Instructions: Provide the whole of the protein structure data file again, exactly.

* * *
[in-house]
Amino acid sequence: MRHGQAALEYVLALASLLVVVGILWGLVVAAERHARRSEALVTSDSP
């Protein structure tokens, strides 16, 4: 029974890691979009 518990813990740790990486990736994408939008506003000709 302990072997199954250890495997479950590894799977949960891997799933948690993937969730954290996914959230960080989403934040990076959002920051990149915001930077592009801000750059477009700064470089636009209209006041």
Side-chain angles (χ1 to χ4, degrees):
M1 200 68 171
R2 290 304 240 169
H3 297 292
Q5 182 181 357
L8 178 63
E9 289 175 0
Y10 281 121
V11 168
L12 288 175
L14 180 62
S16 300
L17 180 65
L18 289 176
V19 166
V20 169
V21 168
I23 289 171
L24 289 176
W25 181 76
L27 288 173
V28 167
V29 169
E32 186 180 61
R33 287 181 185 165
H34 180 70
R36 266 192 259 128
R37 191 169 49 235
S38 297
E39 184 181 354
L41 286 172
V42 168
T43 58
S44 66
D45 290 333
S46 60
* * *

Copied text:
[in-house]
Amino acid sequence: MRHGQAALEYVLALASLLVVVGILWGLVVAAERHARRSEALVTSDSP
């Protein structure tokens, strides 16, 4: 029974890691979009 518990813990740790990486990736994408939008506003000709 302990072997199954250890495997479950590894799977949960891997799933948690993937969730954290996914959230960080989403934040990076959002920051990149915001930077592009801000750059477009700064470089636009209209006041």
Side-chain angles (χ1 to χ4, degrees):
M1 200 68 171
R2 290 304 240 169
H3 297 292
Q5 182 181 357
L8 178 63
E9 289 175 0
Y10 281 121
V11 168
L12 288 175
L14 180 62
S16 300
L17 180 65
L18 289 176
V19 166
V20 169
V21 168
I23 289 171
L24 289 176
W25 181 76
L27 288 173
V28 167
V29 169
E32 186 180 61
R33 287 181 185 165
H34 180 70
R36 266 192 259 128
R37 191 169 49 235
S38 297
E39 184 181 354
L41 286 172
V42 168
T43 58
S44 66
D45 290 333
S46 60